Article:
Folate Deficiency Anemia

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Folate Deficiency Anemia by Mind Map: Folate Deficiency Anemia

1. Risk Factors

1.1. Folate deficiency is a risk factor for development of atherosclerosis and increases the risk for development of coronary artery disease. It is also a risk factor in the development of cancers such as colorectal.

2. Treatments and Management

2.1. Oral dose of folate is administered daily until normal blood levels are obtained. Folic acid supplements, vitamin supplements and blood transfusion in severe cases. Eliminating contributing factors, well-balanced diet and frequent rest periods are needed.

3. Causative factors

3.1. Folate anemia is common in alcoholics and individuals with chronic malnourishment as ETOH interferes with folate metabolism in the liver. Other causes include dialysis, poor nutrition, substance abuse, bariatric surgeries, bacteria competing for available folic acid and limited storage capacity in infants.

3.2. Inadequate ingestion Inadequate absorption Metabolic block Increased requirement

4. Nursing considerations

4.1. Vital signs, fluid and electrolyte balance, dietary intake, activity level and oral mucous membranes status. Patient teaching such as importance of well-balanced diet high in folic acid and oral hygiene.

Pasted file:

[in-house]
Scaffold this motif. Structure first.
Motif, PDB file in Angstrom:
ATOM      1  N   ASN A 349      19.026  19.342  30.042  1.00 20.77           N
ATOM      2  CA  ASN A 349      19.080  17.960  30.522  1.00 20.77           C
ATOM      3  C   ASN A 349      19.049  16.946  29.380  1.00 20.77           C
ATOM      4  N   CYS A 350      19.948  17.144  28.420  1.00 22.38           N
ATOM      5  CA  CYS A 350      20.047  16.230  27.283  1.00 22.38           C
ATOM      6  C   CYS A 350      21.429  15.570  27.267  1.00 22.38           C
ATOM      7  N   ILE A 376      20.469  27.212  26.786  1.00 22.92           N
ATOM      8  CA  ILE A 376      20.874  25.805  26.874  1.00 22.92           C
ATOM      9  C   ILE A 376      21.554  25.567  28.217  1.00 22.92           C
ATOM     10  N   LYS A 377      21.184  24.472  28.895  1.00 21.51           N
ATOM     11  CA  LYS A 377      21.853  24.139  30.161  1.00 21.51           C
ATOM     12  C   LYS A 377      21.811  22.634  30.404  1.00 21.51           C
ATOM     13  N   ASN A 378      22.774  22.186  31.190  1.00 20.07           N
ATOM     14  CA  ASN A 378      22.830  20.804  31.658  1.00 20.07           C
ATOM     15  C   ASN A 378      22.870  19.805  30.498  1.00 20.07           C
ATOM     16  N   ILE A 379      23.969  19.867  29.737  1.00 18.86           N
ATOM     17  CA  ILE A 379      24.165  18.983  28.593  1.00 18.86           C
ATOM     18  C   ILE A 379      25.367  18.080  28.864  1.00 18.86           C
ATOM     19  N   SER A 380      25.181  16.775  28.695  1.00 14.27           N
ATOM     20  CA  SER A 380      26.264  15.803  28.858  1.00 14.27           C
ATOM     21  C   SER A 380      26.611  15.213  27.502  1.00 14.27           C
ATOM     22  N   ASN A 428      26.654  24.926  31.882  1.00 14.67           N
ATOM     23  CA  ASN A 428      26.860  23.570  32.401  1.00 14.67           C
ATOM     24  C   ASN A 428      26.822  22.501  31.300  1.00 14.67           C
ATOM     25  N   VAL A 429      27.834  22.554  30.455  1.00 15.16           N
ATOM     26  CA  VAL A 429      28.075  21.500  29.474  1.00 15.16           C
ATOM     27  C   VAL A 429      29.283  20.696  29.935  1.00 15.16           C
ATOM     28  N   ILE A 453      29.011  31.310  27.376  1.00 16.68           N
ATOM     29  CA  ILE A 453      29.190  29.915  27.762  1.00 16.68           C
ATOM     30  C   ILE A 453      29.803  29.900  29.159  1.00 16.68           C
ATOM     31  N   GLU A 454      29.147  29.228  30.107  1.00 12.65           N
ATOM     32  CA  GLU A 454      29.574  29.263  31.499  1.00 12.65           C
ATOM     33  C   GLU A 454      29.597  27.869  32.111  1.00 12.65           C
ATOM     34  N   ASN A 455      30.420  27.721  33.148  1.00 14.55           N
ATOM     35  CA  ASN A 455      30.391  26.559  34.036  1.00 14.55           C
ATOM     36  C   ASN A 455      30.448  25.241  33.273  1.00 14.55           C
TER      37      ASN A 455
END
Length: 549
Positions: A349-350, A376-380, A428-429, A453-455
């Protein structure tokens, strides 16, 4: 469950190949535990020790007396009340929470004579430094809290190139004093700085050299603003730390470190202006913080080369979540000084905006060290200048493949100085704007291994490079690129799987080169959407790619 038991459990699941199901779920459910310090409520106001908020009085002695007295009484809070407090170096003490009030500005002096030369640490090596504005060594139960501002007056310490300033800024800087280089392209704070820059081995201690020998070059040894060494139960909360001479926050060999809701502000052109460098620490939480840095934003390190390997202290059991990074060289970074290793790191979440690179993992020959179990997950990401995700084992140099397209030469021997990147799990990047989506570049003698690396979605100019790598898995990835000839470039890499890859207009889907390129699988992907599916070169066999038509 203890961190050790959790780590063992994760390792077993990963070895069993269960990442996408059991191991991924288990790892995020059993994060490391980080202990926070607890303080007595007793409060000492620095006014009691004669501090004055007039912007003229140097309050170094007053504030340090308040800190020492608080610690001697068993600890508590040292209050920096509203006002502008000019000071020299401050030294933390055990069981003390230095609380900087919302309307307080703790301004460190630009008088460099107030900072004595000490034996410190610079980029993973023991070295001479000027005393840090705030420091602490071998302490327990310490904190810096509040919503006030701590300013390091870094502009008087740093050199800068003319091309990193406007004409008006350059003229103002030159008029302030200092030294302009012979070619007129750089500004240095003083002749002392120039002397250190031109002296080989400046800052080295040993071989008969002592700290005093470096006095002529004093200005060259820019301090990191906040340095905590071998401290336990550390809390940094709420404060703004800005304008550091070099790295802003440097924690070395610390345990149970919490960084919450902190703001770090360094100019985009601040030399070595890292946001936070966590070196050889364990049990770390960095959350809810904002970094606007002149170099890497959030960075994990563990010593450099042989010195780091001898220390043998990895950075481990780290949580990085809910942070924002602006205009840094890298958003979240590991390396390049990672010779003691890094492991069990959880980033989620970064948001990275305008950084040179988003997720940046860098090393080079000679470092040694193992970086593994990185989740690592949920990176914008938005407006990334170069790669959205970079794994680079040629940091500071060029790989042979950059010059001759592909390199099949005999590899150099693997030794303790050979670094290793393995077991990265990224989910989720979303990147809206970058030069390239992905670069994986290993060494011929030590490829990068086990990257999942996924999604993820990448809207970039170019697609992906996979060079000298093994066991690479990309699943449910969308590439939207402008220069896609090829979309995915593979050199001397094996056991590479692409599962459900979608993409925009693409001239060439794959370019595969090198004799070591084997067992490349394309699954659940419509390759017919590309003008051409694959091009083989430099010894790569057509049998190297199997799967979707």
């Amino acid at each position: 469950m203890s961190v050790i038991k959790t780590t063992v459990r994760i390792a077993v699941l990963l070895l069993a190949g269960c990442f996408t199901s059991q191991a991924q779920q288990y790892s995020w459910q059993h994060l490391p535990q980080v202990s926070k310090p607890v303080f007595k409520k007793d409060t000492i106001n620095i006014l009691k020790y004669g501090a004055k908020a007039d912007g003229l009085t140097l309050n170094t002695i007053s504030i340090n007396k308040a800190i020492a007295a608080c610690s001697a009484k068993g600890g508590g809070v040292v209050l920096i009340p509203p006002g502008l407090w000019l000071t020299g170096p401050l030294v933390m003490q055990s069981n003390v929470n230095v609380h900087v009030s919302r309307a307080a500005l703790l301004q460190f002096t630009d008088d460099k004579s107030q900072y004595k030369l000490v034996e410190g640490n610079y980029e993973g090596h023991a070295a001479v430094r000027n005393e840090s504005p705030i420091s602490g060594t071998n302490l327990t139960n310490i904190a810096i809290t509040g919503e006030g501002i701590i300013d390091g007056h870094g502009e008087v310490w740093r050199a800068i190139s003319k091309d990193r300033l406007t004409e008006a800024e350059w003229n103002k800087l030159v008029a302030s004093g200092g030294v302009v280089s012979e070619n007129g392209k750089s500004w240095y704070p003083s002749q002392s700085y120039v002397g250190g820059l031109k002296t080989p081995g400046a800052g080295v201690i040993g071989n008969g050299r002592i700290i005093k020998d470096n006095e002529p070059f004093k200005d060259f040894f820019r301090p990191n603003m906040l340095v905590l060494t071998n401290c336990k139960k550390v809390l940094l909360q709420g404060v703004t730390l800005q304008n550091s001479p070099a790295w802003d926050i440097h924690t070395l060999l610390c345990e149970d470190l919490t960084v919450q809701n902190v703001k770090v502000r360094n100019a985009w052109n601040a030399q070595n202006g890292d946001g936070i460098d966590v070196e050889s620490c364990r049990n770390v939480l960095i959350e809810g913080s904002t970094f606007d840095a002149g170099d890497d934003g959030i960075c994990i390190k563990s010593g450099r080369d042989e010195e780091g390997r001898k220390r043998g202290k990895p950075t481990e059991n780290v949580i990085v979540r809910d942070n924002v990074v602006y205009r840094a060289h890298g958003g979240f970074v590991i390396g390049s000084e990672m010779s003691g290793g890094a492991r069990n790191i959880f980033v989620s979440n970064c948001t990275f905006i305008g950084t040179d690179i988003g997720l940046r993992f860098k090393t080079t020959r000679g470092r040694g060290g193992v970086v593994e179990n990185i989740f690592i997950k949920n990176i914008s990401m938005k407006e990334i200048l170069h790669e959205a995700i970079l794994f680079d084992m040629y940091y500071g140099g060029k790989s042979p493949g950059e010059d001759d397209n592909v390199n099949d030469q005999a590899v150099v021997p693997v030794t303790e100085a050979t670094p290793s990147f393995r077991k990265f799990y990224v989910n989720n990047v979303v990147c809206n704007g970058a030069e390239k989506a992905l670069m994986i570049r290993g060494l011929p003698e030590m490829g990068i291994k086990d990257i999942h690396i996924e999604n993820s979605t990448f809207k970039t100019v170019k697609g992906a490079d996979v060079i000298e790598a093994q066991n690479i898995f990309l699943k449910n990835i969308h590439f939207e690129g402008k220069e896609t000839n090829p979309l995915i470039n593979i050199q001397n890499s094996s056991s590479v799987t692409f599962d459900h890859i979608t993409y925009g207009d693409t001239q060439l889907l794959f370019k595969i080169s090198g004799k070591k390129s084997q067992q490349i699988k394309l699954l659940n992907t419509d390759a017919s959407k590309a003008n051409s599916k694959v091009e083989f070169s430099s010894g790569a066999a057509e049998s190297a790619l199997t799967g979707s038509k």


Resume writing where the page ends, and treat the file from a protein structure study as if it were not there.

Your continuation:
4.1.1. Top Priorities

4.1.2. Medium Priorities

4.1.3. Low Priorities

5. Diagnostic test

5.1. Folate deficiency is most prevalent in pregnant and lactating women, elderly, individuals who abuse alcohol and people with intestinal diseases. Severe cheilosis that is scales and fissures of the lips and corners of the mouth. Stomatitis: mouth inflammation or painful ulceration of the buccal mucosa and tongue. Dysphagia or difficulty swallowing, flatulence and watery diarrhea.

6. Pathophysiology

6.1. Folate is an essential vitamin for RNA and DNA synthesis. Folate are the coenzymes required for the synthesis of thymine and purine and conversion of homocysteine to methionine. Deficient production of thymine affects cells undergoing rapid division or bone marrow cells undergoing erythropoiesis. Absorption of folate occurs in the upper small intestine. Humans are totally dependent on dietary intake of folate.

6.2. When folic acid stores in the body are low or diet is deficient in folic acid, the bone marrow produces large red blood cells or megaloblasts resulting in anemia. It is a common, slowly progressive megaloblastic anemia caused by a deficiency of the vitamin folate.

7. Clinical Manifestations

7.1. Folate deficiency is most prevalent in pregnant and lactating women, elderly, individuals who abuse alcohol and people with intestinal diseases. Severe cheilosis that is scales and fissures of the lips and corners of the mouth. Stomatitis: mouth inflammation or painful ulceration of the buccal mucosa and tongue. Dysphagia or difficulty swallowing, flatulence and watery diarrhea.